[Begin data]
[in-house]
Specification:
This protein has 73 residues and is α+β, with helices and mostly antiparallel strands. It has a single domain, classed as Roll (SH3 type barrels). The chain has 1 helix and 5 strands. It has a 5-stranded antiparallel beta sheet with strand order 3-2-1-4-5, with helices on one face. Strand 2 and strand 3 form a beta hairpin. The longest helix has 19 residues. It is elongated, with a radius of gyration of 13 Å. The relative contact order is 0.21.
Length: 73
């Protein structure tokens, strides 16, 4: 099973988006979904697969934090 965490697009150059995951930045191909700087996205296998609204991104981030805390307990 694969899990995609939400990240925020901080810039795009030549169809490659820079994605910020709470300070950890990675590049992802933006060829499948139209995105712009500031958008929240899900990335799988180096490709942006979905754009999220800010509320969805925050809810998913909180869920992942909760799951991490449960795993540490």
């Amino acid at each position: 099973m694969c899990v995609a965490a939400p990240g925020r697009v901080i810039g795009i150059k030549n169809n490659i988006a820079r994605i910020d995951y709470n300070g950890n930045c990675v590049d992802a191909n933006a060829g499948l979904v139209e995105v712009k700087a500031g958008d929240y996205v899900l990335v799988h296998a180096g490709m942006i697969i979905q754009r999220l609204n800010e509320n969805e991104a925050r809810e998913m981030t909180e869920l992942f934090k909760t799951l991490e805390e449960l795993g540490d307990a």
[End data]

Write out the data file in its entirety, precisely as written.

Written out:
[in-house]
Specification:
This protein has 73 residues and is α+β, with helices and mostly antiparallel strands. It has a single domain, classed as Roll (SH3 type barrels). The chain has 1 helix and 5 strands. It has a 5-stranded antiparallel beta sheet with strand order 3-2-1-4-5, with helices on one face. Strand 2 and strand 3 form a beta hairpin. The longest helix has 19 residues. It is elongated, with a radius of gyration of 13 Å. The relative contact order is 0.21.
Length: 73
């Protein structure tokens, strides 16, 4: 099973988006979904697969934090 965490697009150059995951930045191909700087996205296998609204991104981030805390307990 694969899990995609939400990240925020901080810039795009030549169809490659820079994605910020709470300070950890990675590049992802933006060829499948139209995105712009500031958008929240899900990335799988180096490709942006979905754009999220800010509320969805925050809810998913909180869920992942909760799951991490449960795993540490």
């Amino acid at each position: 099973m694969c899990v995609a965490a939400p990240g925020r697009v901080i810039g795009i150059k030549n169809n490659i988006a820079r994605i910020d995951y709470n300070g950890n930045c990675v590049d992802a191909n933006a060829g499948l979904v139209e995105v712009k700087a500031g958008d929240y996205v899900l990335v799988h296998a180096g490709m942006i697969i979905q754009r999220l609204n800010e509320n969805e991104a925050r809810e998913m981030t909180e869920l992942f934090k909760t799951l991490e805390e449960l795993g540490d307990a």